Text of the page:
Our team functions in different capacities for each business engagement, but we typically have a project or few where we’re exclusively building a large site for a client. In those scenarios we tend to use a loosely defined two-week development cycle anchored by a demo presentation at the end. Seeing this tweet reminded me of why the demos are so important:
In the early-mid phases of a project, code and features can change significantly over the course of a couple weeks. Later in the project, or after launch, features deserve more scrutiny to ensure they provide value and don’t conflict with the direction of the product or site. Regular team reviews via demo meetings help all parties come together and identify bigger picture decisions that don’t surface in project management tools or ticket queues.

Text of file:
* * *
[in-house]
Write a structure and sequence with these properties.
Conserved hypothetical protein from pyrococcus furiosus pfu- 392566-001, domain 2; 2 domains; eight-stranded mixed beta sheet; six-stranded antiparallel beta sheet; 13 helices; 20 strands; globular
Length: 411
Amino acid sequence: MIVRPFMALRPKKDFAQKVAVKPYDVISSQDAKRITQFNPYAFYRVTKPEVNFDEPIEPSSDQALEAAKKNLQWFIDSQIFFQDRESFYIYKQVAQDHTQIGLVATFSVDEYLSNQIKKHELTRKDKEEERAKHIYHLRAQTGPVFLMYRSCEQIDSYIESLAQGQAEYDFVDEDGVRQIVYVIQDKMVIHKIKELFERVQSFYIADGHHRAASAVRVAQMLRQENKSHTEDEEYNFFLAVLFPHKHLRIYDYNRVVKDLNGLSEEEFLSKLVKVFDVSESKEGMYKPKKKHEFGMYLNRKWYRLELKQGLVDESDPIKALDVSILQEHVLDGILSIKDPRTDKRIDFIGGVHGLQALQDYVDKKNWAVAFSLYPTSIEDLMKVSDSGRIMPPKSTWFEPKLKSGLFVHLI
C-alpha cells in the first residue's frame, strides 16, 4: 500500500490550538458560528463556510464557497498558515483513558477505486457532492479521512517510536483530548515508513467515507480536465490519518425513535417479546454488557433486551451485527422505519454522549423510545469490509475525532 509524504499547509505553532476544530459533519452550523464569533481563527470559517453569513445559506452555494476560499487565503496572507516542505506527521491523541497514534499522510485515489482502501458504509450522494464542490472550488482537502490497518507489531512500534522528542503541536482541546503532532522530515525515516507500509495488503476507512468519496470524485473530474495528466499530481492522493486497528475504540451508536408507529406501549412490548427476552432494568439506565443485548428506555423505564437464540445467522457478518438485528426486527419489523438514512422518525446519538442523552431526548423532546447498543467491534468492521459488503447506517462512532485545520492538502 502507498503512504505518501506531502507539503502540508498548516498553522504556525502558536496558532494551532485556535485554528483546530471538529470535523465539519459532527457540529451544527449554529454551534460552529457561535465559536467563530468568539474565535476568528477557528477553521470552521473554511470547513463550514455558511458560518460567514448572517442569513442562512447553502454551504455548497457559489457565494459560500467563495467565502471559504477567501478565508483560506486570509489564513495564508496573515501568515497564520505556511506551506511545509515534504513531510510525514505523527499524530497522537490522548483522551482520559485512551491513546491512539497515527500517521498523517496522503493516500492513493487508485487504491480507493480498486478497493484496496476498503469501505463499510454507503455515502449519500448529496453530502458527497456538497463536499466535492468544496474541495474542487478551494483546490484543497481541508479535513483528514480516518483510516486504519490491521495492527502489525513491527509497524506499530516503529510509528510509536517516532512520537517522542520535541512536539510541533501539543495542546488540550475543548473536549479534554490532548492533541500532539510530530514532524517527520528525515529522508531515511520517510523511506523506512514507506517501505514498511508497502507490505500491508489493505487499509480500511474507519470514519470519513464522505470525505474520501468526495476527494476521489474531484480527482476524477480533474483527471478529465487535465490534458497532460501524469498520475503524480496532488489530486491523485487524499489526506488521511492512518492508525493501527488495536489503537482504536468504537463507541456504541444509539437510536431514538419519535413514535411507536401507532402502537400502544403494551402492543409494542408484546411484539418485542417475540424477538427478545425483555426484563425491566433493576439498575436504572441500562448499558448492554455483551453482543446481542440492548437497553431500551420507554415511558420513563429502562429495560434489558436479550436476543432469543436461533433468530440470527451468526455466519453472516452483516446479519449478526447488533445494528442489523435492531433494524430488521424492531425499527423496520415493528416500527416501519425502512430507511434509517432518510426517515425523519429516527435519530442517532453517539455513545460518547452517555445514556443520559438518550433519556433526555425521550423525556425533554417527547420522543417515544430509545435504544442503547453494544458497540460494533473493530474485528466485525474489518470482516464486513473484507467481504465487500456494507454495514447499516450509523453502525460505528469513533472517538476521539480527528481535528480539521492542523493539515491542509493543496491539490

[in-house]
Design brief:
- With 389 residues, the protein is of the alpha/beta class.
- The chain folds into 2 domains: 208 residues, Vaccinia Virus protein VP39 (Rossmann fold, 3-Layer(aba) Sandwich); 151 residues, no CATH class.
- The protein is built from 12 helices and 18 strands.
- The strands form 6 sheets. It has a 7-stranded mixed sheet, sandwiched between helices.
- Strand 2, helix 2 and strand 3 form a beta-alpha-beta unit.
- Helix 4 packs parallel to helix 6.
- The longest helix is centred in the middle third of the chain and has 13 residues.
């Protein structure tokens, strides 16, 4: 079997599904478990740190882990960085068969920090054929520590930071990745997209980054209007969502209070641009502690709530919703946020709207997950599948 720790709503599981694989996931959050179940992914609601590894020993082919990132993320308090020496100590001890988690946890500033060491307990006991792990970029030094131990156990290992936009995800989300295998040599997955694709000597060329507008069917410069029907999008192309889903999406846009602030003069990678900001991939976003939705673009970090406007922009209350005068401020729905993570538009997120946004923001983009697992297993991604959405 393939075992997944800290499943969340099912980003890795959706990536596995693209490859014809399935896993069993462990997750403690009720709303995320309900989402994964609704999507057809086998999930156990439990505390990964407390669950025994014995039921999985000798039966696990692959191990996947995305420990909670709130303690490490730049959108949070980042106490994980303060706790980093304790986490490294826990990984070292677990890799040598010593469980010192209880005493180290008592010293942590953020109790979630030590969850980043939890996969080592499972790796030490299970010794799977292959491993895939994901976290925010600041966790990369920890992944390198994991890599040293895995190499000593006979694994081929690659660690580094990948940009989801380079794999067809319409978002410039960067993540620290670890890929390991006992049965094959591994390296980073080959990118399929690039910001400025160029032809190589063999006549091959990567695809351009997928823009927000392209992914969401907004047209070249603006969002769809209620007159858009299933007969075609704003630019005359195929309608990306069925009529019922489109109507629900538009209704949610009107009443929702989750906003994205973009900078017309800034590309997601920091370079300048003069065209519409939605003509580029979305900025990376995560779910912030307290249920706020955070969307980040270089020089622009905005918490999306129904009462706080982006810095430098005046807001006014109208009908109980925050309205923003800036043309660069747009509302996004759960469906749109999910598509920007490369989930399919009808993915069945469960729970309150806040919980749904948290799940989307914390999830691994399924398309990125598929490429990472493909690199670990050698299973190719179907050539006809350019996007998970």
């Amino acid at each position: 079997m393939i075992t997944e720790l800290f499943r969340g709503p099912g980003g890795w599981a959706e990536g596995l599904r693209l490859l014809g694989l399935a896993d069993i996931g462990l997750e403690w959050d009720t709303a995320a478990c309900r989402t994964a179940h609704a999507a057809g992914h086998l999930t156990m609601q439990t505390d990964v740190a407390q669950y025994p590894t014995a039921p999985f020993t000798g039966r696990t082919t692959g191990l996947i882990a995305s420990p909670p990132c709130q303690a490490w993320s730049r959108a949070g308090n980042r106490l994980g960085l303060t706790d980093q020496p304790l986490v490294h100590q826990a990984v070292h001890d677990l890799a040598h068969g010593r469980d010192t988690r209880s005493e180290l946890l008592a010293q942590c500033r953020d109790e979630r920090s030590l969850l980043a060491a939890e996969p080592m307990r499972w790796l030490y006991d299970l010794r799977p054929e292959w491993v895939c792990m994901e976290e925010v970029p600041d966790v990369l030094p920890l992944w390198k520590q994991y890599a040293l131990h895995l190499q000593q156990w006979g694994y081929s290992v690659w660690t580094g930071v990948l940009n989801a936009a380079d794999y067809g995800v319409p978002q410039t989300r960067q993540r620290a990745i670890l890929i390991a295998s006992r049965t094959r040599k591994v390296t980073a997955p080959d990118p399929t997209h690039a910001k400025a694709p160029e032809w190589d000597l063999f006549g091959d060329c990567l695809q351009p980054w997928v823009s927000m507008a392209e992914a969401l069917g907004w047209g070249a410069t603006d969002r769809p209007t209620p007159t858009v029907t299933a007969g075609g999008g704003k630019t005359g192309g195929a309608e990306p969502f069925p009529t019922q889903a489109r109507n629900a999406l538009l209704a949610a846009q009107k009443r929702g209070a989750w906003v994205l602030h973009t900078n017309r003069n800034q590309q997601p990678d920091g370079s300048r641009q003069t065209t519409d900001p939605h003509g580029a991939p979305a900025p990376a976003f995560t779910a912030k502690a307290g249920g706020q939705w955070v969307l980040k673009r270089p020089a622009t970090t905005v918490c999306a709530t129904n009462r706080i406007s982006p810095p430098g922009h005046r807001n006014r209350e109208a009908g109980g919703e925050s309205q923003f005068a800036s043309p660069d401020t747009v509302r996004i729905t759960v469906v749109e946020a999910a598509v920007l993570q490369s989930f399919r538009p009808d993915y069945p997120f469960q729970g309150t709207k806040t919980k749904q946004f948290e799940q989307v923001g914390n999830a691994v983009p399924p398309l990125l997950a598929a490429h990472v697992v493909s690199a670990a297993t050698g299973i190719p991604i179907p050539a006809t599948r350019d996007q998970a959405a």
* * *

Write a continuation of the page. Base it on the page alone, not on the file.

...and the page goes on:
What a developer thinks is code-complete, what the user experiences, and what the stakeholders expect are almost always three different views on reality. As a developer preparing to demonstrate some features, your perspective is different than when you’re just trying to close a ticket.
Regardless of specific development process, good communication is always required to succeed. Compromise is easy to reach when problems or challenges are identified early. The bi-weekly demo gets everyone talking and thinking about the same set of problems at the same time. Meanwhile, it allows for developers to have several days of sacred, focused development time; time well-spent gaining a better understanding of the problem domain and its tradeoffs.